Display Settings:

Format

Send to:

Choose Destination
J Neural Transm. 2009 Apr;116(4):423-9. doi: 10.1007/s00702-009-0195-z. Epub 2009 Feb 24.

Lamotrigine and valproic acid have different effects on motorcortical neuronal excitability.

Author information

  • 1Brain Stimulation Laboratory, Department of Psychiatry, Medical University of South Carolina, MUSC IOP, 502 N, 67 President Street, Charleston, SC, 29425, USA. lixi@musc.edu

Abstract

To investigate different cortical effects of lamotrigine and valproic acid, 30 paid healthy adult men were given, in a randomized/blinded fashion on three separate days (separated by a week), either a single dose of lamotrigine 325 mg, or a single dose of valproic acid 1,250 mg, or placebo. Resting motor threshold (RMT), cortical silent period (CSP) and motor evoked potential recruitment curves (RC) were assessed at baseline and 3 h after administration of each medication (or placebo). Lamotrigine caused a significant increase (63.32 vs. 69.25) in the RMT, compared with an insignificant increase following valproic acid (62.50 vs. 63.35), and a decrease (62.60 vs. 62.36) following placebo (F (2,26) = 18.58, P < 0.0001). No significant difference in CSP was found between placebo and drugs (F (2,26) = 0.119, P > 0.05). RCs were significantly suppressed by lamotrigine (t = 2.07, P < 0.05) and enhanced by valproic acid (t = 2.39, P < 0.05). Lamotrigine and valproic acid have different effects on cortical neuronal excitability as demonstrated by TMS.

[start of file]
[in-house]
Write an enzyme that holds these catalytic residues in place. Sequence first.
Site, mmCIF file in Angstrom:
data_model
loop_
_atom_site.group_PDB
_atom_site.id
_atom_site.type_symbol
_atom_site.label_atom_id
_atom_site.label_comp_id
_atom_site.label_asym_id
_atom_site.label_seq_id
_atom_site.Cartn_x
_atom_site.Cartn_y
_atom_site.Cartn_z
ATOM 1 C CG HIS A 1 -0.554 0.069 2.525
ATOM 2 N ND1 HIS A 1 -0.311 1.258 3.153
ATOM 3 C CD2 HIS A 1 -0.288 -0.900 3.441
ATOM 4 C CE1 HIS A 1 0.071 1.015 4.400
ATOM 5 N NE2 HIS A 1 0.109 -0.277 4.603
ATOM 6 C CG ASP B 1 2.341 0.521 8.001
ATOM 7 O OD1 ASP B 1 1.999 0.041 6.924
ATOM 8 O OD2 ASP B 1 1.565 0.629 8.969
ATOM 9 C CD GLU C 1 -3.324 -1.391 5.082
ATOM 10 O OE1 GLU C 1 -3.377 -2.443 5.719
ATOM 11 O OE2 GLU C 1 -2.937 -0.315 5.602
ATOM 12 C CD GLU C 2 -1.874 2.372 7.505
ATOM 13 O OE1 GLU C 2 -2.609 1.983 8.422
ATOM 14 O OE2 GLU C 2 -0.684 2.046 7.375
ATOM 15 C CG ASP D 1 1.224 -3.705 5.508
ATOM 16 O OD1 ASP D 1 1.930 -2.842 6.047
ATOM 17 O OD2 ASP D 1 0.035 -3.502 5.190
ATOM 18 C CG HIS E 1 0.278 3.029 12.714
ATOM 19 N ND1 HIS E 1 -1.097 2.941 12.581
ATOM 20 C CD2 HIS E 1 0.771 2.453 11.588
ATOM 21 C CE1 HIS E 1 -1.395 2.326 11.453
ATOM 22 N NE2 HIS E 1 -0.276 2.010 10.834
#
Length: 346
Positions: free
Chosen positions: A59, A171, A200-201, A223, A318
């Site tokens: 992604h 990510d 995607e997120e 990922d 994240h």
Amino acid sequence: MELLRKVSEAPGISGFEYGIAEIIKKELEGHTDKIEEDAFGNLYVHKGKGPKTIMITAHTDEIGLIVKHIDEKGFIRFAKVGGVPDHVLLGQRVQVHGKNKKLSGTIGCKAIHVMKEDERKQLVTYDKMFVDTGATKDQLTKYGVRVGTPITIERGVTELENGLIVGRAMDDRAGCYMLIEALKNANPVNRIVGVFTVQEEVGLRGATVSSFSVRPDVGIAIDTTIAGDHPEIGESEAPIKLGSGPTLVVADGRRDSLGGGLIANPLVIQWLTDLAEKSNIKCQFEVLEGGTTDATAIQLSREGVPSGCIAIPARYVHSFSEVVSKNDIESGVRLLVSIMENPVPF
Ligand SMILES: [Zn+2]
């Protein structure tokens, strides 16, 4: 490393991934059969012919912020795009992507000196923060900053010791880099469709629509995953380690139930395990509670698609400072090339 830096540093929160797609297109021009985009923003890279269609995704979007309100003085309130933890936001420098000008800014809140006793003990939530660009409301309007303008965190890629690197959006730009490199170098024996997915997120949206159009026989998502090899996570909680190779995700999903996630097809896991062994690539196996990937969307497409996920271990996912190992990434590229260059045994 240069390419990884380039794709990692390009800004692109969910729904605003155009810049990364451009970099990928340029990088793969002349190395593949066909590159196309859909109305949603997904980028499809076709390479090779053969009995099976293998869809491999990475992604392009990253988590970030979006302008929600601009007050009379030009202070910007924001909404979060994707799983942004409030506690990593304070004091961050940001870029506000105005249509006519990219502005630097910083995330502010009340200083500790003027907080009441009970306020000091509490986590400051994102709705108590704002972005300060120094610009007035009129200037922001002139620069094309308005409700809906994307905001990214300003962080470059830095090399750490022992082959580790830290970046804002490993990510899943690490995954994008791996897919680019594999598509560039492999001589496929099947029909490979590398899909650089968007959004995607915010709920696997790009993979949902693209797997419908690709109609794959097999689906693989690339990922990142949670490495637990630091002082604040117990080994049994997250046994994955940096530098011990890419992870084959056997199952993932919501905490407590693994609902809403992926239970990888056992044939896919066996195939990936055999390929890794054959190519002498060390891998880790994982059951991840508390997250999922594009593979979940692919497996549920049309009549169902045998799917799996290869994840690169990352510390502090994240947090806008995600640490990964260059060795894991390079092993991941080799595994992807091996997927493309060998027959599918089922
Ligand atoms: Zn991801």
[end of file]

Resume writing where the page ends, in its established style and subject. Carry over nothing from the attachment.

PMID:
19238517
[PubMed - indexed for MEDLINE]
PubMed Commons home

PubMed Commons

0 comments
How to join PubMed Commons

    Supplemental Content

    Icon for Springer
    Loading ...
    Write to the Help Desk